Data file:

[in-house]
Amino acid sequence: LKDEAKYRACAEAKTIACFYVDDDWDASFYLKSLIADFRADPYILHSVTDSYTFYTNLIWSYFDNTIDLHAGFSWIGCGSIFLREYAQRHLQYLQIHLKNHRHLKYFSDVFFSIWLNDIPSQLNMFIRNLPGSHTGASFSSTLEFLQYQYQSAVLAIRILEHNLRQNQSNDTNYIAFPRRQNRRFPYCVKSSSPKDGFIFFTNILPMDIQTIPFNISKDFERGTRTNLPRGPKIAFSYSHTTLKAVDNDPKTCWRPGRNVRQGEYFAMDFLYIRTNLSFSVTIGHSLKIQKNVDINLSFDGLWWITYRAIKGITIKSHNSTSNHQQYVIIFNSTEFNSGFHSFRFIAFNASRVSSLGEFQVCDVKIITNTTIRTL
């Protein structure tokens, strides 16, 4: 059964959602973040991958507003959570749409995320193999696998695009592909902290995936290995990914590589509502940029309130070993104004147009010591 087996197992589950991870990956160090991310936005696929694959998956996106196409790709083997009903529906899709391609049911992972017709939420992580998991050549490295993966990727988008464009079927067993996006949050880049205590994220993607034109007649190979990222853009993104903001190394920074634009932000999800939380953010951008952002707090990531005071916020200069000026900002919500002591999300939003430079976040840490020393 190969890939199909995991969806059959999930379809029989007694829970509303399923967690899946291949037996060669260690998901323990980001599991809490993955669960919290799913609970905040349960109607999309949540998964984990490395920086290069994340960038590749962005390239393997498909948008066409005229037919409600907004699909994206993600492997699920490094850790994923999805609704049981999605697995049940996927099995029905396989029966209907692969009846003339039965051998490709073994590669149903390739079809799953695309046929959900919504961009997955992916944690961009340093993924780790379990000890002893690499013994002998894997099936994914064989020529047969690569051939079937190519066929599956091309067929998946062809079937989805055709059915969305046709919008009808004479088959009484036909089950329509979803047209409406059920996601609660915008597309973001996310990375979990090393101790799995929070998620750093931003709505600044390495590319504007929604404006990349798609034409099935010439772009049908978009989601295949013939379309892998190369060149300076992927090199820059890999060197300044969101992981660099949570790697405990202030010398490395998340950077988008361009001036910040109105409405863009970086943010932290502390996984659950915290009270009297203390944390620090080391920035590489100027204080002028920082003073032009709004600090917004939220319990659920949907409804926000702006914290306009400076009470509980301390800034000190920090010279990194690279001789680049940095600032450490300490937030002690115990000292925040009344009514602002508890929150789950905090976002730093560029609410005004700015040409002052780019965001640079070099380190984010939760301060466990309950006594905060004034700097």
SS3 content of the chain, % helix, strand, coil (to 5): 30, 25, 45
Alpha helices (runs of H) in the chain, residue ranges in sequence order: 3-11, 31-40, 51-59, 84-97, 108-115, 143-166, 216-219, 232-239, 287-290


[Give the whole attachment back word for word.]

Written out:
[in-house]
Amino acid sequence: LKDEAKYRACAEAKTIACFYVDDDWDASFYLKSLIADFRADPYILHSVTDSYTFYTNLIWSYFDNTIDLHAGFSWIGCGSIFLREYAQRHLQYLQIHLKNHRHLKYFSDVFFSIWLNDIPSQLNMFIRNLPGSHTGASFSSTLEFLQYQYQSAVLAIRILEHNLRQNQSNDTNYIAFPRRQNRRFPYCVKSSSPKDGFIFFTNILPMDIQTIPFNISKDFERGTRTNLPRGPKIAFSYSHTTLKAVDNDPKTCWRPGRNVRQGEYFAMDFLYIRTNLSFSVTIGHSLKIQKNVDINLSFDGLWWITYRAIKGITIKSHNSTSNHQQYVIIFNSTEFNSGFHSFRFIAFNASRVSSLGEFQVCDVKIITNTTIRTL
């Protein structure tokens, strides 16, 4: 059964959602973040991958507003959570749409995320193999696998695009592909902290995936290995990914590589509502940029309130070993104004147009010591 087996197992589950991870990956160090991310936005696929694959998956996106196409790709083997009903529906899709391609049911992972017709939420992580998991050549490295993966990727988008464009079927067993996006949050880049205590994220993607034109007649190979990222853009993104903001190394920074634009932000999800939380953010951008952002707090990531005071916020200069000026900002919500002591999300939003430079976040840490020393 190969890939199909995991969806059959999930379809029989007694829970509303399923967690899946291949037996060669260690998901323990980001599991809490993955669960919290799913609970905040349960109607999309949540998964984990490395920086290069994340960038590749962005390239393997498909948008066409005229037919409600907004699909994206993600492997699920490094850790994923999805609704049981999605697995049940996927099995029905396989029966209907692969009846003339039965051998490709073994590669149903390739079809799953695309046929959900919504961009997955992916944690961009340093993924780790379990000890002893690499013994002998894997099936994914064989020529047969690569051939079937190519066929599956091309067929998946062809079937989805055709059915969305046709919008009808004479088959009484036909089950329509979803047209409406059920996601609660915008597309973001996310990375979990090393101790799995929070998620750093931003709505600044390495590319504007929604404006990349798609034409099935010439772009049908978009989601295949013939379309892998190369060149300076992927090199820059890999060197300044969101992981660099949570790697405990202030010398490395998340950077988008361009001036910040109105409405863009970086943010932290502390996984659950915290009270009297203390944390620090080391920035590489100027204080002028920082003073032009709004600090917004939220319990659920949907409804926000702006914290306009400076009470509980301390800034000190920090010279990194690279001789680049940095600032450490300490937030002690115990000292925040009344009514602002508890929150789950905090976002730093560029609410005004700015040409002052780019965001640079070099380190984010939760301060466990309950006594905060004034700097």
SS3 content of the chain, % helix, strand, coil (to 5): 30, 25, 45
Alpha helices (runs of H) in the chain, residue ranges in sequence order: 3-11, 31-40, 51-59, 84-97, 108-115, 143-166, 216-219, 232-239, 287-290